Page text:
The ability to gain distance and thus develop perspective of one’s life and surroundings is one of the reasons I enjoy travels and outdoor adventures so much. Although cultural and wilderness experiences may sound almost like opposites, in reality both allow me to arrive at similar outcomes of perspective gaining (imbibing in the social associations of others vs. imbibing in a lack of social associations in a wild, dehumanized environment), assuming I’m willing to put in the effort.  By going to different places I can observe other people and interact expanding my cultural horizons; by exploring wilderness I’m left only with myself and can gain perspective on my own humanity — the externality of my surroundings contrasted with my own ephemeral being, the ascetic followed by sublime satisfaction of climbing a mountain, the animality, rawness of the climb, alien means of communication, quite bereft from the comfort zone. So thus wilderness adventure and cultural exchange both offer a different powerful lens on selfhood: wilderness in relation to raw human experience removed from literal human constructions: man against his society, his species, contrasting with a power less human from his environment. Both also allow for a change of venue as a  means to start fresh without past associations of environment, etc. putting pretensions to rest.


With this new Peace Corps experience I can visit a new country not as a tourist imbibing in ephemeral distractions and tasks but a temporary resident empathizing with a different people and developing a new sense of selfhood: self defined against culture, culture defined against a new different culture. Both types of adventure — wilderness and cultural — refresh and immerse, and like while stepping into a river, no two people’s experiences can be the same, just a the Pre-Socratic philosopher Heraclitus said, a man cannot step in the same river twice. Radical contrast to one’s usual life creates definition, and personal growth springs from leaving one’s comfort zone.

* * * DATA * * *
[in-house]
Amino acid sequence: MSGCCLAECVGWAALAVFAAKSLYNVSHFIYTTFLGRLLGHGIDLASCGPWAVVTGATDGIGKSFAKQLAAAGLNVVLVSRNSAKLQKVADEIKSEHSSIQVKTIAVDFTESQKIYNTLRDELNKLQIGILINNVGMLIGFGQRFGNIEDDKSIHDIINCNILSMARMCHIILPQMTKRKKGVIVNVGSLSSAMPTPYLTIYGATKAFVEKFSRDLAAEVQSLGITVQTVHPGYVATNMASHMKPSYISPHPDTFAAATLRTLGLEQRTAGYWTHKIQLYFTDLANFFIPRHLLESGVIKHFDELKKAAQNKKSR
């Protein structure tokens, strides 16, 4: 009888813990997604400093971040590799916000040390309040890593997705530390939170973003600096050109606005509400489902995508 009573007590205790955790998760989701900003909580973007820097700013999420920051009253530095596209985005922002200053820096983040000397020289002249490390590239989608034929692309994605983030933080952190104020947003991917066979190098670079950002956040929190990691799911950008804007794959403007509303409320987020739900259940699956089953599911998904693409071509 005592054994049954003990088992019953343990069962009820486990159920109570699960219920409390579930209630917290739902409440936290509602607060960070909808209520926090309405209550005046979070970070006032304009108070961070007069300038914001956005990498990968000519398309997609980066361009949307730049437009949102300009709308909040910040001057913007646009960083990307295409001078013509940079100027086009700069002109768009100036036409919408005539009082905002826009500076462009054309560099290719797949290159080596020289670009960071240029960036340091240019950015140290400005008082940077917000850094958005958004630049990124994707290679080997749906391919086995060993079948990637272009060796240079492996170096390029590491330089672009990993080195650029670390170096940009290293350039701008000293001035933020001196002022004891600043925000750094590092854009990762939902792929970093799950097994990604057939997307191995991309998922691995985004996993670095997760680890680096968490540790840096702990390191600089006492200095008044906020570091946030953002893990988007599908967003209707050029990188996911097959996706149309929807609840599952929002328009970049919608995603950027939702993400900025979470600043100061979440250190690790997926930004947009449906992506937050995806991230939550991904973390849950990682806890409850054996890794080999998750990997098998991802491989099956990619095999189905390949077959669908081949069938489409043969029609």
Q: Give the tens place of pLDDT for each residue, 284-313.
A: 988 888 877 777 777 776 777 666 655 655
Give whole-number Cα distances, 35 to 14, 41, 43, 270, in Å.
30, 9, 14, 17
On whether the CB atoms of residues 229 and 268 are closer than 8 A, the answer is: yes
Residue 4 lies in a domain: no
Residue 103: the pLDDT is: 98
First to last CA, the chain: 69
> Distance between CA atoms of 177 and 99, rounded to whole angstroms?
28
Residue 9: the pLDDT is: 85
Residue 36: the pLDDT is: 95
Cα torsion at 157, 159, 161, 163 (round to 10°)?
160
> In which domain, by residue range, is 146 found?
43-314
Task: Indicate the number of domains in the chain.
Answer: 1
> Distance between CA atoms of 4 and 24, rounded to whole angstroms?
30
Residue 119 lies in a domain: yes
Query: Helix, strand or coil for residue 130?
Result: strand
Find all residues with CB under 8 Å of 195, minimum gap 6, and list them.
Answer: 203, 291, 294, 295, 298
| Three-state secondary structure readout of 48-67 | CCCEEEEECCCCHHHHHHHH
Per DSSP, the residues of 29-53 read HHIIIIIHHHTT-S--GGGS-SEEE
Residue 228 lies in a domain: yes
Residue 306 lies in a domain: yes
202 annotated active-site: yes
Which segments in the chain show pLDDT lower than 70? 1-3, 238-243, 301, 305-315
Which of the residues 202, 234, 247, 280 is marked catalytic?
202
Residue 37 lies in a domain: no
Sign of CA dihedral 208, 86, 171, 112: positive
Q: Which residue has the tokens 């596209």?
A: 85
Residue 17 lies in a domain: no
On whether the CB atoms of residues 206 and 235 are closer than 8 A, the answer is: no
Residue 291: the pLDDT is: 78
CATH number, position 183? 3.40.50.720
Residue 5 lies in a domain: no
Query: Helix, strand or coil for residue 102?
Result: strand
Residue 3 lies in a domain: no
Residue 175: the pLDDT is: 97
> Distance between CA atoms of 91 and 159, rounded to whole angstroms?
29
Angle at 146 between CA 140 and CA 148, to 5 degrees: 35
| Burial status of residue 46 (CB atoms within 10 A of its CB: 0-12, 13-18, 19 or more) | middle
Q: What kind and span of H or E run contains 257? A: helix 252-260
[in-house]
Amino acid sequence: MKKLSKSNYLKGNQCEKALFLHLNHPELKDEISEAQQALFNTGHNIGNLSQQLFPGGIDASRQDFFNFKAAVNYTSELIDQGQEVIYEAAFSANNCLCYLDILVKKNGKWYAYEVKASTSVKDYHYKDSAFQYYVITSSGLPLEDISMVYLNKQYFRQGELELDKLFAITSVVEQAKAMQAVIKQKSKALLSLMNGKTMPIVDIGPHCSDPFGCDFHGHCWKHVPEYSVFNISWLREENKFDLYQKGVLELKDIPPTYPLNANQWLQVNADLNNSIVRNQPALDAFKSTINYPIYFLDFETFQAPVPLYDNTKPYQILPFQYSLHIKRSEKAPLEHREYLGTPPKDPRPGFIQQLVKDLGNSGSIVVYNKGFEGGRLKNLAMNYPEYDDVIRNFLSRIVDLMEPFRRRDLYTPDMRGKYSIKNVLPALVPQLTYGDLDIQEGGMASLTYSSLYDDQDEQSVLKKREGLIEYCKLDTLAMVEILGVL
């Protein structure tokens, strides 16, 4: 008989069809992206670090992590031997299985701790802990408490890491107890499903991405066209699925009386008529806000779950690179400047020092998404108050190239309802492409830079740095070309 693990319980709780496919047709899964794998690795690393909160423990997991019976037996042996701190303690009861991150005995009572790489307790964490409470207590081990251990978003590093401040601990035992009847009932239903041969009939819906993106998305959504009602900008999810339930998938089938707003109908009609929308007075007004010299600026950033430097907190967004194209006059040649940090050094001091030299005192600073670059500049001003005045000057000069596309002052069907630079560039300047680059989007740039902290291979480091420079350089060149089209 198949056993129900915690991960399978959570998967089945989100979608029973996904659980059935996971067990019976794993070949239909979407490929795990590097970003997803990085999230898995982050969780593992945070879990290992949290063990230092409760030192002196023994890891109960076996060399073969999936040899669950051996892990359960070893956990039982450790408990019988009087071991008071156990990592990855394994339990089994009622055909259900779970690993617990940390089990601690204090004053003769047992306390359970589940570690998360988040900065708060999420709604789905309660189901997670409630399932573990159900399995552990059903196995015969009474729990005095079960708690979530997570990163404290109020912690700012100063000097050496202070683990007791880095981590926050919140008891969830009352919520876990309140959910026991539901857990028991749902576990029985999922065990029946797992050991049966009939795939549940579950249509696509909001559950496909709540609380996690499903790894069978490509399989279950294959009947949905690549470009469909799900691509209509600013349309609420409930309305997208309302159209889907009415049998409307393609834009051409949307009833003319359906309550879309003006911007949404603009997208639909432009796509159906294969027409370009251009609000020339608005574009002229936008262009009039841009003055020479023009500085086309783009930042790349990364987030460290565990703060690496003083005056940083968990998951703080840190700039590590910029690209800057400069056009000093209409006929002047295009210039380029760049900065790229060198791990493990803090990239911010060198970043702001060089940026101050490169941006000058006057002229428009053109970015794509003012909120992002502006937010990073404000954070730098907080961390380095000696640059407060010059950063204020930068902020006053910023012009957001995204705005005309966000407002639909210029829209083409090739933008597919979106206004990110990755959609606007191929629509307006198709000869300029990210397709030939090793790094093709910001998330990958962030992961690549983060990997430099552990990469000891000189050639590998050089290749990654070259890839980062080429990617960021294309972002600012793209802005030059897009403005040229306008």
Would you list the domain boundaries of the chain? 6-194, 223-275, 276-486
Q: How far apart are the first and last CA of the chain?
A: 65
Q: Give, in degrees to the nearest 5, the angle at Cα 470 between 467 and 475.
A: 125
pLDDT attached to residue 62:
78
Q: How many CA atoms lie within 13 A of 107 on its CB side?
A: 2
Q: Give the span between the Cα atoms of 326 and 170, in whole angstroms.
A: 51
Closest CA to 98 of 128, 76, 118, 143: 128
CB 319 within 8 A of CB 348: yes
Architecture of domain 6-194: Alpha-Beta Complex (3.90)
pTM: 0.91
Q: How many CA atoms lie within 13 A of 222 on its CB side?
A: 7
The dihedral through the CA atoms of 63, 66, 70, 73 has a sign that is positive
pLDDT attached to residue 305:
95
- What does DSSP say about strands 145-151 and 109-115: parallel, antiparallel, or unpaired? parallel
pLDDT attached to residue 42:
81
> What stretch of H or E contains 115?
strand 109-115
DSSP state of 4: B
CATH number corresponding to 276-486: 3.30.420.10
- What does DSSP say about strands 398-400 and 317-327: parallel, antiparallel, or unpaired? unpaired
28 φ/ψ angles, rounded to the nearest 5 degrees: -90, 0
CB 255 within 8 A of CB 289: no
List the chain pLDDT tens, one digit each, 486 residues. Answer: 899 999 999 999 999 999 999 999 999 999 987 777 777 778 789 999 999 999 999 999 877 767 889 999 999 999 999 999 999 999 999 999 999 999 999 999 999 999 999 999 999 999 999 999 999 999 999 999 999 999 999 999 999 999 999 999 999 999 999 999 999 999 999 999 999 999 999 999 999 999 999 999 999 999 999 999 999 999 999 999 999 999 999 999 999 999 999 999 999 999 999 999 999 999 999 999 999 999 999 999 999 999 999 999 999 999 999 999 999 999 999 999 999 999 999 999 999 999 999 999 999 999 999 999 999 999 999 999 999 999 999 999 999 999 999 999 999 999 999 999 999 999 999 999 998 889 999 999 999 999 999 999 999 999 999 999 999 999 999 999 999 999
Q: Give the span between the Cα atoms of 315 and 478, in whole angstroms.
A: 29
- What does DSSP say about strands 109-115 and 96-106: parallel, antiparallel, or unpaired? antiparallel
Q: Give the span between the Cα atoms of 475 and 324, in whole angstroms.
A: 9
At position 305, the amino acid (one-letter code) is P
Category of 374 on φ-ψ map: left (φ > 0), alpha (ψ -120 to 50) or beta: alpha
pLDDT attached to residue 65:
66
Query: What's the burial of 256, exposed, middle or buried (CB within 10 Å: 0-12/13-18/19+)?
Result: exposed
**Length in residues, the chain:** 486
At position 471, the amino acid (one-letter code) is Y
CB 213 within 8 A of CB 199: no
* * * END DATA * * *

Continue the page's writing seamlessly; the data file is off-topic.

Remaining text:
Disclaimer: The contents of this website are mine personally and do not reflect any position of the U.S. government or the Peace Corps.


Nietzsche’s Self-Styling, or How to Become an Aesthetic Phenomenon

Friedrich Nietzsche identifies art as a way to gain perspective on our existence and ease existential nausea, writing in Gay Science 107 (full text available here), “As an aesthetic phenomenon existence is still bearable to us,” creating a front between us and the “nausea and suicide” we realize due to honesty. Honesty (and thus nausea) finds its source in the realization of the inherent meaninglessness of the world of appearances as its witnessed through science and empirical observation — the naturalized perspective Nietzsche argued for throughout his work — instead of a religious lens. Nietzsche’s human is “filled with Dionysian joy and pride in his own artistry,” because without intrinsic order he is led to “the absence of a designing god [leading in turn] to a heightened joy in the artistic possibility of man” (Nussbaum 58). Art helps to bridge the gap between the role of religious order and the chaos that comes once the order is revealed as a delusion (see: “God is dead”); however, the art cannot just exist for its own sake. Art — the right kind of art — and an adaptation of its techniques in the creation of our own identities allows some room for optimism about the human condition because it permits us to create meaning.